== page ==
Provided the terms and conditions are appropriately disclosed, the concept of a free SMSF set-up offering is not inherently problematic, Heffron’s managing director Martin Heffron told SMSF Adviser.
“I think it’s just important to be aware of what you’re paying for; there’s no such thing as a free lunch,” Mr Heffron said.
“There’ll be different business models that generate their margin in different ways. [Hypothetically speaking] you might have a free SMSF set-up as part of a deal that puts you into a low-cost admin product… but for that low-cost admin product, you have to use other financial products.
“From the consumer’s perspective, it’s important to understand the totality of whatever the business model is.”
Xpress Super and SuperGuardian chief executive Olivia Long also said the concept of a free SMSF is not “fundamentally” problematic if a quality service is being provided and appropriate disclosures are provided.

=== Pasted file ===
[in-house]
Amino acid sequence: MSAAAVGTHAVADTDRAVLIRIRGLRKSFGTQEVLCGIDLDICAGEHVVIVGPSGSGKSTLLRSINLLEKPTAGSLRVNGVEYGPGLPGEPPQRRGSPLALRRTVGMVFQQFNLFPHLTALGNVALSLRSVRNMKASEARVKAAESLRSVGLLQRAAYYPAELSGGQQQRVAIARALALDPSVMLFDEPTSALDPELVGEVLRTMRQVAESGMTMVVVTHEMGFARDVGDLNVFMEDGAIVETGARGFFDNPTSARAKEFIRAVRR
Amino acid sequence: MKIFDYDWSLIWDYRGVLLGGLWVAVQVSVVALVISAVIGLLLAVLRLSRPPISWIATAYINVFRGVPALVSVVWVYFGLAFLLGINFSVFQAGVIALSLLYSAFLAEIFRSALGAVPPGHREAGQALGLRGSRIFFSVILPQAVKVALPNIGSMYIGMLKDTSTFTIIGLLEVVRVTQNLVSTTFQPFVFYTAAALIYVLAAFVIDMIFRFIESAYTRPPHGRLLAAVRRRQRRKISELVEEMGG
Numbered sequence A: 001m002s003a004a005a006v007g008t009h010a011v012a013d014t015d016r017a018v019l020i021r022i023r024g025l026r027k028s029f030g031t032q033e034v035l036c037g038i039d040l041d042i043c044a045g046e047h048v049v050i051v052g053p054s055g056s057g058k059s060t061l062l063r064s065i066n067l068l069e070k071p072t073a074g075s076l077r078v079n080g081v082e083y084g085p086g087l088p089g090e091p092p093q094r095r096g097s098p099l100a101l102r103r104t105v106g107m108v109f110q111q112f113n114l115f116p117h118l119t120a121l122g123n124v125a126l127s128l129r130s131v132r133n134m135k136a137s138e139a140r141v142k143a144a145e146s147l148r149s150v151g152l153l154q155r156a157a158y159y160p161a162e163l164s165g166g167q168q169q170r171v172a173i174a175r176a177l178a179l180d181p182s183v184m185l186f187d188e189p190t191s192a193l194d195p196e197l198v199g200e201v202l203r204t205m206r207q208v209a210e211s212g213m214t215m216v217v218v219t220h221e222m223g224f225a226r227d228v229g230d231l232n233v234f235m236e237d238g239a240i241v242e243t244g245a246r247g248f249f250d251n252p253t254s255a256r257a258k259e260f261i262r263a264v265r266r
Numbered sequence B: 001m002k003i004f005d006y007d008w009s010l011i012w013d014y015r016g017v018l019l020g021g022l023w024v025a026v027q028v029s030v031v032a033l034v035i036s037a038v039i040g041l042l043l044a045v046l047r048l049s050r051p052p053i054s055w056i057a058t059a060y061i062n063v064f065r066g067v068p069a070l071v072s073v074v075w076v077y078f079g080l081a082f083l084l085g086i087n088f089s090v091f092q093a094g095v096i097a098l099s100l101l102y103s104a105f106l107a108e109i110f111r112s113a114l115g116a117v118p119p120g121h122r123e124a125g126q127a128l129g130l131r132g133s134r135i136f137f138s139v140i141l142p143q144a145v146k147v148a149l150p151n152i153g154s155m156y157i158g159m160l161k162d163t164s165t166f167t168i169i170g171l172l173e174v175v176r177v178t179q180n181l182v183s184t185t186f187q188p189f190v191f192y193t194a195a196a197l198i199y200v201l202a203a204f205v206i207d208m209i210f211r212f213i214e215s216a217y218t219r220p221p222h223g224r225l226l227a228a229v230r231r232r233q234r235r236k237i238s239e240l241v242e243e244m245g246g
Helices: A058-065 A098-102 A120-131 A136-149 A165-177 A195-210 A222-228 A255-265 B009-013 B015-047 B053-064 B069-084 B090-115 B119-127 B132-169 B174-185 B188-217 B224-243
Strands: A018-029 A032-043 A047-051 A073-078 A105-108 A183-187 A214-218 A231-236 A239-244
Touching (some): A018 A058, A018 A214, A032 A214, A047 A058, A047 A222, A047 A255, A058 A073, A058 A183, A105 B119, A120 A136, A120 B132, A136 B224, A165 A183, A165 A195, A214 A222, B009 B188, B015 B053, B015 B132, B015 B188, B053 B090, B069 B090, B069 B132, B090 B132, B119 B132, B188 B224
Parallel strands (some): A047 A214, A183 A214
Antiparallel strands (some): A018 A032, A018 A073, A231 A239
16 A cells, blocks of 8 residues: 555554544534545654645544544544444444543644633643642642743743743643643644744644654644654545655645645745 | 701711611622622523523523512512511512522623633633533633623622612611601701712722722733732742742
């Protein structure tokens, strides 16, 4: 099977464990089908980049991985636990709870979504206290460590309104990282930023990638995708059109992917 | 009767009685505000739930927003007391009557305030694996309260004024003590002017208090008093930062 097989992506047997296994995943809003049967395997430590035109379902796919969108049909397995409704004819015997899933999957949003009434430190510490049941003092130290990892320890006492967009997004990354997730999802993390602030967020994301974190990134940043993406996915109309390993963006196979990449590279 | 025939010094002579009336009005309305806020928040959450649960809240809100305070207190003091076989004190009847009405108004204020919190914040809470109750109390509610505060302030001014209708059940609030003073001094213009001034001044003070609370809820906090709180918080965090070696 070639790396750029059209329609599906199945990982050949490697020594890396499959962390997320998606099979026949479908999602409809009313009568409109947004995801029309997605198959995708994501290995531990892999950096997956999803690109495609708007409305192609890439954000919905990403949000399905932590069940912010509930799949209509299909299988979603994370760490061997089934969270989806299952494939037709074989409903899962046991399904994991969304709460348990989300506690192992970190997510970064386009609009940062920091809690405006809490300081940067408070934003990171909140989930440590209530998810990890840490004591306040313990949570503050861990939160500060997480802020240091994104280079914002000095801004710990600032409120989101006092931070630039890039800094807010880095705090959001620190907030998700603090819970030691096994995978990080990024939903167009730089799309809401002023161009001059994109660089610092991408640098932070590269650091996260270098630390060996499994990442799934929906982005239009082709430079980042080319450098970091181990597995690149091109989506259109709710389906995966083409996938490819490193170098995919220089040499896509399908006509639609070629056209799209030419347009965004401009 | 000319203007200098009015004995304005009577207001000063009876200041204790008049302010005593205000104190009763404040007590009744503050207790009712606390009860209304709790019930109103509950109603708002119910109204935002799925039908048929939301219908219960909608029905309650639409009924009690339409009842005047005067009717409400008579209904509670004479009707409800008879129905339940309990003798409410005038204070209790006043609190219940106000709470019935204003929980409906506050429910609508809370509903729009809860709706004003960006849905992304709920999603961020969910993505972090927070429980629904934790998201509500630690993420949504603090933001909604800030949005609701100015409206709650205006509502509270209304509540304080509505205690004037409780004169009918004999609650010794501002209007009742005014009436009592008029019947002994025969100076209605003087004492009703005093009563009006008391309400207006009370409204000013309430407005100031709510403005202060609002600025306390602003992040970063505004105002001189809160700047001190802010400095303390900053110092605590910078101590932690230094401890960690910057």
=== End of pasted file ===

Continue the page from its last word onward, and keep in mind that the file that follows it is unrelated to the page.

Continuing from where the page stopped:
“There are a number of good SMSF administrators out there who have a quality service, who want to be able to promote themselves to trustees [but] that don’t have the advertising or marketing expense account that [a larger institution] does,” Ms Long told SMSF Adviser.
“It’s a cost of sale really, it’s a marketing expense and as long as there’s a quality service behind it I think that’s reasonable.”
These comments follow SMSF administrator SuperHelp’s payment of a $10,200 infringement notice penalty after the company made “potentially misleading statements” about the cost of setting up an SMSF.
ASIC’s concerns related to an advertisement SuperHelp published in the October 2013 edition of the Australian Financial Review’s Smart Investor magazine, according to the statement.
“The representations were that fund set-up was free and that pension fund set-up was free, subject to ‘*conditions’. No conditions were disclosed in the advertisement,” ASIC stated.